explode

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Related to exploding: Exploding head syndrome

drop a bomb

To reveal something that is very surprising or unexpected. Whoa, you can't just drop a bomb like that and leave—I need details about your new boyfriend! When we got a tip that the newspaper was about to drop a bomb about our candidate, we all wondered what information they could possibly have.
See also: bomb, drop

explode a bombshell

To reveal something that is very surprising or unexpected. Whoa, you can't just explode a bombshell like that and leave. I need details about this new boyfriend of yours! When we got a tip that the newspaper was about to explode a bombshell about our candidate, we all wondered what information they could possibly have.
See also: bombshell, explode

explode with (something)

1. Literally, to burst and create or discharge something suddenly as a result. The gas main exploded with enough force to send us all flying. The bomb exploded with a piercing boom that left my ears ringing for days.
2. By extension, to verbalize something suddenly and forcefully. The kids exploded with cheers when they saw their favorite cartoon characters take the stage. The baby exploded with sobs when his pacifier fell out of his mouth.
3. To suddenly produce or yield something in large quantities. It won't be long now till my garden is exploding with all kinds of beautiful flowers.
See also: explode
Farlex Dictionary of Idioms. © 2015 Farlex, Inc, all rights reserved.

drop a bomb(shell)

 and explode a bombshell; drop a brick
Fig. to announce shocking or startling news. They really dropped a bombshell when they announced that the mayor would resign. Friday is a good day to drop a bomb like that. It gives the business world the weekend to recover. They must choose their words very carefully when they explode a bombshell like that. They really dropped a brick when they told her the cause of her illness.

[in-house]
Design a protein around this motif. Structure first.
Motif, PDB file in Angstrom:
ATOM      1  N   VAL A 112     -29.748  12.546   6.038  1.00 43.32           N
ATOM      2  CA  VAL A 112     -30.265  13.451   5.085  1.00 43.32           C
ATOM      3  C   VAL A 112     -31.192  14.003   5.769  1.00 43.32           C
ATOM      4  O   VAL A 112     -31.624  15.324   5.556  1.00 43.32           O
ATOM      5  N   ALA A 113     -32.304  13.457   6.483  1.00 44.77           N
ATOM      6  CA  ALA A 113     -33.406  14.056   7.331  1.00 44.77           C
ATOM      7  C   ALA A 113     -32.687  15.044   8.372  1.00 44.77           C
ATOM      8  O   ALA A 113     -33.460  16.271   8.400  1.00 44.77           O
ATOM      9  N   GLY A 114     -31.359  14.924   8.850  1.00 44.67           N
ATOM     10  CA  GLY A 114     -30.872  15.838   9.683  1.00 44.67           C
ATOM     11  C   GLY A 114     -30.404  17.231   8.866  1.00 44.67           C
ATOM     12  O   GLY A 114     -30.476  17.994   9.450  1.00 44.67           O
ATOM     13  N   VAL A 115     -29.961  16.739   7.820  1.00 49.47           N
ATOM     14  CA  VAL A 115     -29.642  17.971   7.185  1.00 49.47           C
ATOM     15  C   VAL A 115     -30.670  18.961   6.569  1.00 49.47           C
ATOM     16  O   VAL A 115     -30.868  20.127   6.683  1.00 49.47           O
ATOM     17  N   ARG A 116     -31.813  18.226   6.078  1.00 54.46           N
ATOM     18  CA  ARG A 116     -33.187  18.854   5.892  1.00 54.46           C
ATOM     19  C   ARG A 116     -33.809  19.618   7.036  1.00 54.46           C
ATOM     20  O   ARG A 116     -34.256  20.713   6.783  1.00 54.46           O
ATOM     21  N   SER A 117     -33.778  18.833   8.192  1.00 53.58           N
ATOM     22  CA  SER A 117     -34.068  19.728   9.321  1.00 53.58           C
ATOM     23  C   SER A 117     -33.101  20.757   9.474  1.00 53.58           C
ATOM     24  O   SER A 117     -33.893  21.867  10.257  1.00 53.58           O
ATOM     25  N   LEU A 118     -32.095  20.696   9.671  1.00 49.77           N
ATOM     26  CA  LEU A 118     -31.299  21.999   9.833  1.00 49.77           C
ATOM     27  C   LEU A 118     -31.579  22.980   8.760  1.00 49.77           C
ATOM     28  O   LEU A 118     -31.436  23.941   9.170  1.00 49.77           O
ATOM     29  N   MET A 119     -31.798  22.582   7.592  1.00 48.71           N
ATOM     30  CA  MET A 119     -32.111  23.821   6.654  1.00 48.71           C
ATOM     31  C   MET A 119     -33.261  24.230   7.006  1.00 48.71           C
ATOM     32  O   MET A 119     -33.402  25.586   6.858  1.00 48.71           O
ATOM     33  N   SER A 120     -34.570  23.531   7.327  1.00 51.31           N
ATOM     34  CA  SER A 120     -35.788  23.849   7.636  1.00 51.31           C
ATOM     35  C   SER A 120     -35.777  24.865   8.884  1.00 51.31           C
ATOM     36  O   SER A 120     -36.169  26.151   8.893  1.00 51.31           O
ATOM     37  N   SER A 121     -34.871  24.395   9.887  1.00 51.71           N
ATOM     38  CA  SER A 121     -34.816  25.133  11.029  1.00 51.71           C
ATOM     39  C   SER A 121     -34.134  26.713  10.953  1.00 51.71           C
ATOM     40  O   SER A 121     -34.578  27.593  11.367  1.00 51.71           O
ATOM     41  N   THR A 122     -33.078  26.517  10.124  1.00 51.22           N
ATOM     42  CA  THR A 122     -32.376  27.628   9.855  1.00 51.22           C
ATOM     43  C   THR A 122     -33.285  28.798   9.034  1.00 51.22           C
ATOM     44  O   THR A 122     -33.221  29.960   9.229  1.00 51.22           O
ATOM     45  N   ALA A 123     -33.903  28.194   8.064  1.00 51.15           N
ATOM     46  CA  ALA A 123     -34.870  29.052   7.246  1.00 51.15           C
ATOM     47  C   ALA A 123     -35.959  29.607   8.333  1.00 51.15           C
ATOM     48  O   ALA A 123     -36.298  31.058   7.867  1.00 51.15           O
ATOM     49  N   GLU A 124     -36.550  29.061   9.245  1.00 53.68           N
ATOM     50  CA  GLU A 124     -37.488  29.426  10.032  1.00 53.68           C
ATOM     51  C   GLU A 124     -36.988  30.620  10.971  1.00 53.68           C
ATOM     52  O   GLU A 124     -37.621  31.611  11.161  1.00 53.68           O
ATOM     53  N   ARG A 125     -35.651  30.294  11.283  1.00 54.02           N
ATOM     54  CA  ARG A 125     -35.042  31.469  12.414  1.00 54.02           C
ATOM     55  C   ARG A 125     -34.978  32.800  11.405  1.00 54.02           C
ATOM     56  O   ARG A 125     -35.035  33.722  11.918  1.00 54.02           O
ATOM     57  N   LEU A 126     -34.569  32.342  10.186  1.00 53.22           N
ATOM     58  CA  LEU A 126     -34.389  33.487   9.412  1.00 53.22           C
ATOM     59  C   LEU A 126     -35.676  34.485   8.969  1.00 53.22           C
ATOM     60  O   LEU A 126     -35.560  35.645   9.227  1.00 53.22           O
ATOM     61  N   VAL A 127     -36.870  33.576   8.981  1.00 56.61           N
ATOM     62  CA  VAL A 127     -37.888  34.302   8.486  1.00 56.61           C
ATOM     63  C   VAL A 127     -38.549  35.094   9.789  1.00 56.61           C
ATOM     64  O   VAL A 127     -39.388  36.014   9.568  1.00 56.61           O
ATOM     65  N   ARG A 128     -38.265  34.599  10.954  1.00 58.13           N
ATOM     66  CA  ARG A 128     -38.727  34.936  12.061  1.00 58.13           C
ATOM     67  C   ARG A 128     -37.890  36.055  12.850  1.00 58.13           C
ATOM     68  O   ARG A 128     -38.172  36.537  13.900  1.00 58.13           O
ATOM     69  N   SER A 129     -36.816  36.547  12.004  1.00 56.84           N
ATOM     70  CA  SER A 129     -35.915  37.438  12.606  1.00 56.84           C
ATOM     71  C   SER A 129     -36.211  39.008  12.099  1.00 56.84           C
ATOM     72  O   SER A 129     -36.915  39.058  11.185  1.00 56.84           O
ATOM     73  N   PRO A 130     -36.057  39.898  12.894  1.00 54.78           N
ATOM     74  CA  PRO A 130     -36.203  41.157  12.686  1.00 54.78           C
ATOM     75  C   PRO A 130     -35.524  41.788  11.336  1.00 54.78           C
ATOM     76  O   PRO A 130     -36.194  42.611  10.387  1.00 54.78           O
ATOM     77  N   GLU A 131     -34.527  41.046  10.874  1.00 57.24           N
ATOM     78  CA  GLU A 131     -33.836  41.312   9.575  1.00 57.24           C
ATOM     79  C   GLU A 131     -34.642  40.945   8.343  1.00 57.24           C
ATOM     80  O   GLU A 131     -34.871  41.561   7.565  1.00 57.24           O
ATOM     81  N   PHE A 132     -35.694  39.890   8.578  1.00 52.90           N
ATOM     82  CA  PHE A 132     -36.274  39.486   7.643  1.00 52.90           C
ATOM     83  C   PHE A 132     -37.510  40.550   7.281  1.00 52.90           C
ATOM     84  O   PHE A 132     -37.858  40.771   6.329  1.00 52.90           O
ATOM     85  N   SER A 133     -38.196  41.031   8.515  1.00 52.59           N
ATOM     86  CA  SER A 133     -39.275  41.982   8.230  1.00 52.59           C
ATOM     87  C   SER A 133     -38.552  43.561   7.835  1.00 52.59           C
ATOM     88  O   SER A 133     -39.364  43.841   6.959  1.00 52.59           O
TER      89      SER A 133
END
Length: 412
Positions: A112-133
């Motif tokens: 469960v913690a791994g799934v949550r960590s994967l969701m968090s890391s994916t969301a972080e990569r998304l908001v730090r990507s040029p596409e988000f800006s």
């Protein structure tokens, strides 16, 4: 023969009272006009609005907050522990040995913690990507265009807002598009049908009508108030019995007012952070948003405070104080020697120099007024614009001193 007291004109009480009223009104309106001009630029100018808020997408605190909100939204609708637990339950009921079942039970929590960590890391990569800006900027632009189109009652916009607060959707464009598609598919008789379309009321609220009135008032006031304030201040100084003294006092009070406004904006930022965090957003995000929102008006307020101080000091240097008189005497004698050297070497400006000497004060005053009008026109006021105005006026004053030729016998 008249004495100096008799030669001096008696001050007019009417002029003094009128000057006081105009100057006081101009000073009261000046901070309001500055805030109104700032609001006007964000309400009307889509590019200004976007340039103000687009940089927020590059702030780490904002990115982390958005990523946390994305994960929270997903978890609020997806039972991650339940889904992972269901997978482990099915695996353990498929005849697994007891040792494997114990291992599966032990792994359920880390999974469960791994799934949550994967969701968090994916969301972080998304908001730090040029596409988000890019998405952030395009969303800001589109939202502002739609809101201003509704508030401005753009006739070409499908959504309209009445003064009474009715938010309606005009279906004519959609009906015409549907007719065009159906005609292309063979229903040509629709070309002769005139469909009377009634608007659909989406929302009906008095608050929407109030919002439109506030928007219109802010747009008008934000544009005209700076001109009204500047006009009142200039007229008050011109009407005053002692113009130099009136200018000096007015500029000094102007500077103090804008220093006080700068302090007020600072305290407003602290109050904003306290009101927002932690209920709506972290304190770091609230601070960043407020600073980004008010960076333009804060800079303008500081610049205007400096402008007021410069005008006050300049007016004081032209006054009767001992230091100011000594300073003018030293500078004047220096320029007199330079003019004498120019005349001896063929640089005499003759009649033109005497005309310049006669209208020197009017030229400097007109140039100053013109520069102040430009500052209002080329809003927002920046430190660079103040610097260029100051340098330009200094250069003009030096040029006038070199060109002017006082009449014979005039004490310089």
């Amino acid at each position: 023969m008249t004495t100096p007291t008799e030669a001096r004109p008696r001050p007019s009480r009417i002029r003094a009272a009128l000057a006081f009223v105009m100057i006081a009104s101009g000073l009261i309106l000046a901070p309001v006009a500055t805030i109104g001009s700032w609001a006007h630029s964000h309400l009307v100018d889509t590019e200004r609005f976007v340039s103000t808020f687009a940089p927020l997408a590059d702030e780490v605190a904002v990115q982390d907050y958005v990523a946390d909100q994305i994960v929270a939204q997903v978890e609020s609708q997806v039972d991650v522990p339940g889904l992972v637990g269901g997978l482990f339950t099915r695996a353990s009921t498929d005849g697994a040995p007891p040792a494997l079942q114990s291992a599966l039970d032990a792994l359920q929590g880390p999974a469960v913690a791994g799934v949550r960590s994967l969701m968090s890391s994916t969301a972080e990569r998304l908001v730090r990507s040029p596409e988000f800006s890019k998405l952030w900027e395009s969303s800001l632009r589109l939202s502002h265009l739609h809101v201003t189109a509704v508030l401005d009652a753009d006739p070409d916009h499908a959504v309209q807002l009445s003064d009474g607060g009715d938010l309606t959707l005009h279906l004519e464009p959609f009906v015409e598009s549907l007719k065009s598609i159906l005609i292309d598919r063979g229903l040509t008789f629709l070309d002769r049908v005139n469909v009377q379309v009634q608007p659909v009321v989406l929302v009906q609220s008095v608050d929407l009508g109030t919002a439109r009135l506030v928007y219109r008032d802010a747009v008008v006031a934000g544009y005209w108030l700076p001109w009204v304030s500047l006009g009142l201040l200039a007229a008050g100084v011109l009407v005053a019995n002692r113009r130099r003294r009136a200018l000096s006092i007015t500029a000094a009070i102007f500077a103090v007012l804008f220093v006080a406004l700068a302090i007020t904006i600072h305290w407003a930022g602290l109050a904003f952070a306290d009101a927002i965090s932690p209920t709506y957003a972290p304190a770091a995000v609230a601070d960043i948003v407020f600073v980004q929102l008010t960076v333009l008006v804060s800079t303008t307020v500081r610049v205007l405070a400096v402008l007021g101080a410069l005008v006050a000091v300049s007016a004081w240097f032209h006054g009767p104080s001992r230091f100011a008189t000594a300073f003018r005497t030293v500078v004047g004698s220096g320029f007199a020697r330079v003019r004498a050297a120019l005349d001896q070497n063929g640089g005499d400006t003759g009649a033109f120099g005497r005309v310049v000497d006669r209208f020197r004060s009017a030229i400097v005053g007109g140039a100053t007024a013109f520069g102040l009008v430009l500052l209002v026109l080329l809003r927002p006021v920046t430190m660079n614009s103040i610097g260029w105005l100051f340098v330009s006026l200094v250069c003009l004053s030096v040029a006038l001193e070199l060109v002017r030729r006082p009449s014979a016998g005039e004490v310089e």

See also: bomb, drop

explode with something

 
1. . Lit. to make a loud noise upon exploding or releasing energy. The bomb exploded with a thunderous roar. When the joke was finished, the audience exploded with laughter.
2. Fig. to burst out saying something; to be about to burst with eagerness to say something. The children exploded with protests when their parents told them it was bedtime. Hanna was exploding with questions.
3. Fig. to produce a sudden abundance of something. (Alludes to buds bursting or a sudden blooming or sprouting of vegetation.) The fields exploded with an enormous crop of wildflowers. The cherry trees exploded with blossoms.
See also: explode
McGraw-Hill Dictionary of American Idioms and Phrasal Verbs. © 2002 by The McGraw-Hill Companies, Inc.

blow up in your face

or

explode in your face

COMMON If a situation blows up in your face or explodes in your face, it has a bad result that you did not expect. His outburst yesterday could blow up in his face. Those that have supported his cause will certainly question his motives. The scandal has exploded in the government's face.
See also: blow, face, up
Collins COBUILD Idioms Dictionary, 3rd ed. © HarperCollins Publishers 2012

blow up in your face

(of an action, plan, or situation) go drastically wrong with damaging effects to yourself.